When is a horse skeletally mature? Researchers examine the science

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Horses and humans follow similar phases of growth, but in horses they are heavily restricted to the first two years of life, researchers say.
Image by Rebecca Scholz

Horses enter skeletal maturity by the time they are two years old, the authors of a just-published review have concluded.

There is little variation in the age of maturity across different horse breeds, they reported in the open-access journal Animals.

The authors found that the horses’ timeline for skeletal maturity aligned with the racing industry practice of training and racing two-year-olds.

Researchers Chris Rogers, Erica Gee and Keren Dittmer, with New Zealand’s Massey University, said there is often debate within the lay literature, and social media in particular, about the age at which horses should be started and introduced to racing or sport.

“To optimize the welfare and longevity of horses in racing and sport, it is important to match exercise with musculoskeletal development and the ability of the musculoskeletal system to respond to loading,” they said.

“The justification for not exercising horses at a certain age is often in contrast to the scientific literature and framed, with incorrect generalizations, with human growth.”

The review team, citing 55 peer-reviewed papers, described growth and bone development in the horse within the framework used in medical and human literature.

A schematic representation of the three periods of growth in human and equine development and the relative age at attainment of skeletal maturity. Graphic: Rogers et al. https://doi.org/10.3390/ani11123402
A schematic representation of the three periods of growth in human and equine development and the relative age at attainment of skeletal maturity. Graphic: Rogers et al. https://doi.org/10.3390/ani11123402

Measures of bone growth-plate closure and body growth show that the horse completes the equivalent of rapid infant growth by weaning, at four to six months of age.

At about 11 months, the horse completes the equivalent of the childhood phase of growth and enters puberty. Puberty in horses can occur from as early as eight months, but typically occurs two or three months later.

At two years old, the horse has achieved most measures of maturity used within the human literature, they said. These include the plateauing of vertical height, the closure of bone growth plates, and adult ratios of back-length to wither height, and limb length to wither height.

“In the horse, these development periods are completed very early in life,” they said.

The published science supports the hypothesis that the horse evolved to be a precocious cursorial grazer — that is, with limbs adapted for running.

The horse, they concluded, is capable of athletic activity, and use in sport, relatively early in life.

The species, they noted, evolved as an herbivore to exploit an open plain/grassland environment. It evolved to escape predation through running from an early age.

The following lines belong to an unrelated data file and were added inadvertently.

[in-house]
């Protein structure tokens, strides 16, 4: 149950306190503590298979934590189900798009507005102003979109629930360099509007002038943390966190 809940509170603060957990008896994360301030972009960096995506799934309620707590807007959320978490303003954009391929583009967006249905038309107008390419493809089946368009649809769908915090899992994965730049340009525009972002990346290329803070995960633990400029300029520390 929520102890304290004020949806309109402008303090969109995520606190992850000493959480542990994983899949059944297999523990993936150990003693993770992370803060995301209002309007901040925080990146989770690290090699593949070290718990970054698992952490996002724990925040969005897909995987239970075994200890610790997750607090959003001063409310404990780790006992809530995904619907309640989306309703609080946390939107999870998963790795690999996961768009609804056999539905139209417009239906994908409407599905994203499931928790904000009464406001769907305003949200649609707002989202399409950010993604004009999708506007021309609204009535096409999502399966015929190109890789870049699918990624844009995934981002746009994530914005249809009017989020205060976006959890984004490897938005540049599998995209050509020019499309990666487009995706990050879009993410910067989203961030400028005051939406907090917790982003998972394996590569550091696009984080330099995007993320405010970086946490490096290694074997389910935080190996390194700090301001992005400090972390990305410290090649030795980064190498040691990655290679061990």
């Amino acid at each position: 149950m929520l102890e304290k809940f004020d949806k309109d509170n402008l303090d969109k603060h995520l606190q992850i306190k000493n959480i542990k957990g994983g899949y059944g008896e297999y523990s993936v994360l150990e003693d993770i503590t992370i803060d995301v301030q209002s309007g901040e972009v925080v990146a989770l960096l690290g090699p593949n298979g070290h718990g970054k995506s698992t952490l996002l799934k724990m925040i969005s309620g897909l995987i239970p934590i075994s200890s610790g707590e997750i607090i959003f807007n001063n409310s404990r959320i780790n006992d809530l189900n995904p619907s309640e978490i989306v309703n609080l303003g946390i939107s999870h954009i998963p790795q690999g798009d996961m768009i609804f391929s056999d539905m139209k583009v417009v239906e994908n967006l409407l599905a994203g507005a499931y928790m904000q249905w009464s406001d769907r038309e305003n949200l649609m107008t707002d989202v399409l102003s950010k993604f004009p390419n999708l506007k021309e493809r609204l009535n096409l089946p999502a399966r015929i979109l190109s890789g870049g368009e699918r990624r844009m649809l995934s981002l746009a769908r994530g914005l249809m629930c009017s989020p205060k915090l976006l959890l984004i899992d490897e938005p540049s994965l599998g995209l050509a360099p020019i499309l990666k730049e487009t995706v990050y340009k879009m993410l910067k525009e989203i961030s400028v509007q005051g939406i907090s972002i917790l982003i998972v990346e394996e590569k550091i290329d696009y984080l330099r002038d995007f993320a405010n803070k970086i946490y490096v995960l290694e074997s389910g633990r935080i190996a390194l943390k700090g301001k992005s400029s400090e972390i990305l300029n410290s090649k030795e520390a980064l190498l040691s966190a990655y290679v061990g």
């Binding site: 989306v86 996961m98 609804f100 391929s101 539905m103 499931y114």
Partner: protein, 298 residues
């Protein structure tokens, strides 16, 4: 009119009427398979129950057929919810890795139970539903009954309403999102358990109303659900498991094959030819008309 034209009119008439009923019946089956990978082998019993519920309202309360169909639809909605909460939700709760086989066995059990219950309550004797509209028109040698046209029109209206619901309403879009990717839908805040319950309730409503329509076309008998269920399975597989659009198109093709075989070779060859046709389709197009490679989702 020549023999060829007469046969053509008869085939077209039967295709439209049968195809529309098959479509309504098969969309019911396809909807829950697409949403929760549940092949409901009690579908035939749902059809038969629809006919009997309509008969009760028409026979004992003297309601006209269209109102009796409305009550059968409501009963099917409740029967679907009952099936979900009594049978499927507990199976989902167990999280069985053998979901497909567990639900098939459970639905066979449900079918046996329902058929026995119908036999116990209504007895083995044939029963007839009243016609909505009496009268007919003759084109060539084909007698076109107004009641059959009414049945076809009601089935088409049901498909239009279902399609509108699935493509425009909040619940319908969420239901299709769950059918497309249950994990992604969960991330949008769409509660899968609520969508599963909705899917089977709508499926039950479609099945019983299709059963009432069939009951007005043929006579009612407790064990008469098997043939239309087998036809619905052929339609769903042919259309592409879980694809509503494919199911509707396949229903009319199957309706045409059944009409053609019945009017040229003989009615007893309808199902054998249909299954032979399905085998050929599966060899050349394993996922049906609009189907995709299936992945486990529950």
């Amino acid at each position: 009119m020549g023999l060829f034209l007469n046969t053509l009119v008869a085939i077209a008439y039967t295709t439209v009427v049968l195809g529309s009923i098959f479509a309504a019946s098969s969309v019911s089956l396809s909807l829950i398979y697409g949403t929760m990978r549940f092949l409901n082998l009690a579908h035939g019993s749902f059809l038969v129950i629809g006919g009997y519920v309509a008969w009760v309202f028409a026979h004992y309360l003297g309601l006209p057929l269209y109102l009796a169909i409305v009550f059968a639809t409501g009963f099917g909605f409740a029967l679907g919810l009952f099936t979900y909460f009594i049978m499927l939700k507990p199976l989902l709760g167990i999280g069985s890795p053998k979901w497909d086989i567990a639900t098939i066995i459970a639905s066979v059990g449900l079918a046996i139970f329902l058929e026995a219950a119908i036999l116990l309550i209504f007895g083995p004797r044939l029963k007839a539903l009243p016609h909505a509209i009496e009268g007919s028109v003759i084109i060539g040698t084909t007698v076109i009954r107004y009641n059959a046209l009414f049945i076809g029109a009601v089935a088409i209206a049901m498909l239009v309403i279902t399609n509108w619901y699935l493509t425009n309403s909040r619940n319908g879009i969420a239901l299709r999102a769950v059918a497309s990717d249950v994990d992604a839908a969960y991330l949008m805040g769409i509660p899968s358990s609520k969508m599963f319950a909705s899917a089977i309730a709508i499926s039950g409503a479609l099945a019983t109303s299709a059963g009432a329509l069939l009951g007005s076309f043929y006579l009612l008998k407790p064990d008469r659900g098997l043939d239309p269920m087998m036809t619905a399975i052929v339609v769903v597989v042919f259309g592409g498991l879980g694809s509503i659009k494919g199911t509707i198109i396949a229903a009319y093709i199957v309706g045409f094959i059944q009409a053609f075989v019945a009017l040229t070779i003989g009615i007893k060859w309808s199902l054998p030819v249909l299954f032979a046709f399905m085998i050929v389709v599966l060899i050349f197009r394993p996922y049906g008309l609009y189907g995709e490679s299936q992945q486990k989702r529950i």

Foals are born at about 10% of their mature weight and have a musculoskeletal system advanced enough to permit standing and suckling within the first hour of birth.

Within their first week, foals are able to regularly cover more than 7km a day with their mother.

The authors noted a recent review that demonstrated that the horses’ musculoskeletal system, and the long bones of the limbs, in particular, respond positively to loading provided by locomotor play.

The evidence indicates that not only are foals born with an advanced musculoskeletal system, but that the developmental potential of the musculoskeletal system is highly receptive to exercise, even before weaning.

“Both horses and humans demonstrate similar patterns of growth,” they said, “but in the horse, these phases of growth are heavily restricted to the first two years of life.

“This condensing of the growth phases and early attainment of maturity reflects the ecological niche to which the horse evolved to exploit as a cursorial herbivore.”

The review team said the available scientific literature on bone growth and maturity, in combination with study findings on training and exercising young horses, reflect the hypothesis that evolutionary programming means the horse is capable of positive musculoskeletal responses to exercise early in life.

“Current industry practices of racing and training two-year-old horses are in alignment with the horses’ developmental potential and evolutionary programming.”

Rogers, C.W.; Gee, E.K.; Dittmer, K.E. Growth and Bone Development in the Horse: When Is a Horse Skeletally Mature? Animals 2021, 11, 3402. https://doi.org/10.3390/ani11123402

The review, published under Creative Commons License, can be read here.

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2 thoughts on “When is a horse skeletally mature? Researchers examine the science

  • November 30, 2021 at 9:25 am
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    Wonder how much the racing industry paid for it? There are all kinds of research that indicate otherwise. Only agreement is that the two yr. old growth plates at knees are closed.

    Reply
  • December 1, 2021 at 1:13 am
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    Perhaps the horses height is at a majority of maturity, but the joints are not. I have been rehabilitating horses for years and many are those put under full work at two or early three. More research needs to be proffered to show the problems caused by this ill advised concept.

    Reply

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